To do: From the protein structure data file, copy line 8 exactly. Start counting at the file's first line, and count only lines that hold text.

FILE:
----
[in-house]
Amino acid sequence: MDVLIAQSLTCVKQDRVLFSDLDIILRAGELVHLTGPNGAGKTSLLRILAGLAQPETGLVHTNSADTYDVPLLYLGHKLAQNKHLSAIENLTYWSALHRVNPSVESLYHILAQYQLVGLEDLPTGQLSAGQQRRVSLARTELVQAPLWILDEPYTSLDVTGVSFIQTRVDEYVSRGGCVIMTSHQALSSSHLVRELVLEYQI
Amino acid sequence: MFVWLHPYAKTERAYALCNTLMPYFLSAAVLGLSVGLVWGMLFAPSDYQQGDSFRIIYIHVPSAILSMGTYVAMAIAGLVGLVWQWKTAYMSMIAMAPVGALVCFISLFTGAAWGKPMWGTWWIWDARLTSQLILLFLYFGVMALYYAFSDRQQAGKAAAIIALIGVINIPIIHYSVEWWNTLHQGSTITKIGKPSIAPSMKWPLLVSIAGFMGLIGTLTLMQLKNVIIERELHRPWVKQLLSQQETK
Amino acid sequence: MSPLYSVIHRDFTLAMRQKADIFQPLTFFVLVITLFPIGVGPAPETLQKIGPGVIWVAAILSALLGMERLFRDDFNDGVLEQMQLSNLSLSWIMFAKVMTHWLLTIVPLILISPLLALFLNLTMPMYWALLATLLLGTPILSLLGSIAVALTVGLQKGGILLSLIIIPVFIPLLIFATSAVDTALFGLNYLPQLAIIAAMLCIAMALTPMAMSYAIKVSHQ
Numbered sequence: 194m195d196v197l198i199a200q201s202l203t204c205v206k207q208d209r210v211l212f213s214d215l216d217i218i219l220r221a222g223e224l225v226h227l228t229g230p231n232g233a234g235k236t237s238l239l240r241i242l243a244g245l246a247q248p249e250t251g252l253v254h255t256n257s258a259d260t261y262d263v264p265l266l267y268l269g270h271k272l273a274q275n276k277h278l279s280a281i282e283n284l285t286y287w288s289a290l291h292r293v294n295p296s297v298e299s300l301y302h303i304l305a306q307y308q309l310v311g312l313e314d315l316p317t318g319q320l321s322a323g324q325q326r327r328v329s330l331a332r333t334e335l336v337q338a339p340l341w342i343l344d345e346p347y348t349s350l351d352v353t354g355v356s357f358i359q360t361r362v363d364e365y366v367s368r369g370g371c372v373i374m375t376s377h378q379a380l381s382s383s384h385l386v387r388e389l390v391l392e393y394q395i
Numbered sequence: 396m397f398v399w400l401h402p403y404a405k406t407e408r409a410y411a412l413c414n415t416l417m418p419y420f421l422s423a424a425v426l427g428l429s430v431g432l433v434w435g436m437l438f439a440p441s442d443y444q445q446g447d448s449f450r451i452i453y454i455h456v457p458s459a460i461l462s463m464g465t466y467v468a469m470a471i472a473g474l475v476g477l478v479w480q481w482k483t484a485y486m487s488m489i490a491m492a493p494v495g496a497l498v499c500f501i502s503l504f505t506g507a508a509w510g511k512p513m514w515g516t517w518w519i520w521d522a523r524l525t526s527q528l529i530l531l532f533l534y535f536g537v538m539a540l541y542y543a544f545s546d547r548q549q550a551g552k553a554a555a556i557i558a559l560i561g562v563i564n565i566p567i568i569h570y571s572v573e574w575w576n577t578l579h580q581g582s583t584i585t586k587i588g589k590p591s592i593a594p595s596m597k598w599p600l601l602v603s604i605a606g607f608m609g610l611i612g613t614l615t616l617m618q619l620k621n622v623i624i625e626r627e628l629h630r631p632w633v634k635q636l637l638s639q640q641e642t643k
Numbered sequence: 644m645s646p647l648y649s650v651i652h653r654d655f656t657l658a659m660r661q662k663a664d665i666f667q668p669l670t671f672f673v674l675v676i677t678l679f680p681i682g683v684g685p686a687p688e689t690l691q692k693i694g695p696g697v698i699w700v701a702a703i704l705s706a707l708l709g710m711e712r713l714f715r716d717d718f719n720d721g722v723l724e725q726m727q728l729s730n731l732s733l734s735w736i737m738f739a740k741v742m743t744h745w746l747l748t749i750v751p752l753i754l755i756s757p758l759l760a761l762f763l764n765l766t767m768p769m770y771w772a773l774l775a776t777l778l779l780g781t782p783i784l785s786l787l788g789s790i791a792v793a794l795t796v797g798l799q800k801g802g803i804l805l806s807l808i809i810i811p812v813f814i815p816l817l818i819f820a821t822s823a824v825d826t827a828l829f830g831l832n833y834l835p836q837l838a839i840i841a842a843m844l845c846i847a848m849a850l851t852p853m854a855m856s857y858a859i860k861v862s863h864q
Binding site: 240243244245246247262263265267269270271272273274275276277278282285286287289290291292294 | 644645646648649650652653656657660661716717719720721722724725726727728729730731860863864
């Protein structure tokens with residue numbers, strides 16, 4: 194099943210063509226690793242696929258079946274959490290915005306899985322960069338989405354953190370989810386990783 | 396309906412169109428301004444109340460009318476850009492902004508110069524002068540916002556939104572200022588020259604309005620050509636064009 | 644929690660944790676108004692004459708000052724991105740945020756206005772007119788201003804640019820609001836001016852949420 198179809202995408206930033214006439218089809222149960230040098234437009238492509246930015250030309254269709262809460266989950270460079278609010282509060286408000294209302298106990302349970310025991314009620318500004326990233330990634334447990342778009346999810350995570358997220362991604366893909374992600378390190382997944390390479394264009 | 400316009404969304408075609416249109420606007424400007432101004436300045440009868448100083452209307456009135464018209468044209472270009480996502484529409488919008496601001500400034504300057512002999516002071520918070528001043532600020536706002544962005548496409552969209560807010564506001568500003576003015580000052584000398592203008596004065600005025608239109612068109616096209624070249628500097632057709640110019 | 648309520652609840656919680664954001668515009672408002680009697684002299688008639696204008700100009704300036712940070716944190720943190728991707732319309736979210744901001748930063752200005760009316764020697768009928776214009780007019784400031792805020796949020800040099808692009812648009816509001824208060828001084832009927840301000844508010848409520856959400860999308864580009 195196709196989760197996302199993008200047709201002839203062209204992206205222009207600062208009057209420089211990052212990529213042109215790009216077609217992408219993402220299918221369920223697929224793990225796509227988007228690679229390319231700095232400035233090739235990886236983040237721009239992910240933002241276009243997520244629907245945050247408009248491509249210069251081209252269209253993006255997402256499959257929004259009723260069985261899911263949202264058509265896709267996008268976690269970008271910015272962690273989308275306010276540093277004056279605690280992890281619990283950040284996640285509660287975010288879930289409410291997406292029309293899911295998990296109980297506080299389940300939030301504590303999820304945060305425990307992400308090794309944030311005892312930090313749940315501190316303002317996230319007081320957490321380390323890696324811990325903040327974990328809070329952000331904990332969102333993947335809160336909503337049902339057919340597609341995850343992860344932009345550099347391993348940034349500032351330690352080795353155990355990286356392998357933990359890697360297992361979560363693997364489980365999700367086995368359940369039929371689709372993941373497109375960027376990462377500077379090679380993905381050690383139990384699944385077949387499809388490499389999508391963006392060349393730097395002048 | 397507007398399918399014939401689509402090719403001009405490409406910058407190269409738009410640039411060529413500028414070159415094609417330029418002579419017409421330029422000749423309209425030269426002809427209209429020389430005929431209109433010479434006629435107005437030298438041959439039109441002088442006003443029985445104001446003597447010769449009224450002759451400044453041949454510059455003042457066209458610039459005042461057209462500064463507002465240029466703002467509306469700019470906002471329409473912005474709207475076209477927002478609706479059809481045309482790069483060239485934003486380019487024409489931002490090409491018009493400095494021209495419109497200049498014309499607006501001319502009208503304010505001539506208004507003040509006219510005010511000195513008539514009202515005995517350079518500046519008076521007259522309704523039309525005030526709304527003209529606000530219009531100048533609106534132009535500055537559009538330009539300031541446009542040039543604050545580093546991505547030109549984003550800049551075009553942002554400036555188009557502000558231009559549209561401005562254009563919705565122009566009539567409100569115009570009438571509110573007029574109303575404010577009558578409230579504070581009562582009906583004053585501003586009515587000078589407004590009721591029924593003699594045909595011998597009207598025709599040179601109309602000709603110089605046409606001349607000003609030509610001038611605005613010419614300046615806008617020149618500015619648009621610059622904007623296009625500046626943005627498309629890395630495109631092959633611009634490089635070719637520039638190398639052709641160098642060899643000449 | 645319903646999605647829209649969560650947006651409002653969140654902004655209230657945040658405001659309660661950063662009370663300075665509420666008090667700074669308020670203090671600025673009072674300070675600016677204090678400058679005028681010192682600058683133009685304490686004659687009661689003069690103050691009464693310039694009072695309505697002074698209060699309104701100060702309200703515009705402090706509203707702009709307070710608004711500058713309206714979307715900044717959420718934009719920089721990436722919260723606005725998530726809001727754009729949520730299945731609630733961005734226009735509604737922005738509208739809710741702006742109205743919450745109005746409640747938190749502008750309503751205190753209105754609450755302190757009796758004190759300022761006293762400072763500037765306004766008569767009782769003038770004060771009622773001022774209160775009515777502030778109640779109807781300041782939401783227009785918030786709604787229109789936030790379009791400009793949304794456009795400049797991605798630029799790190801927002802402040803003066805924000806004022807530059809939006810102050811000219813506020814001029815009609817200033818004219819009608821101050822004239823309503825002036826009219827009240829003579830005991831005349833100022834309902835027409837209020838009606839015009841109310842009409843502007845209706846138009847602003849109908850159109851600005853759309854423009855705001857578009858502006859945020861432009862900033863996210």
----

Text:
Binding site: 240243244245246247262263265267269270271272273274275276277278282285286287289290291292294 | 644645646648649650652653656657660661716717719720721722724725726727728729730731860863864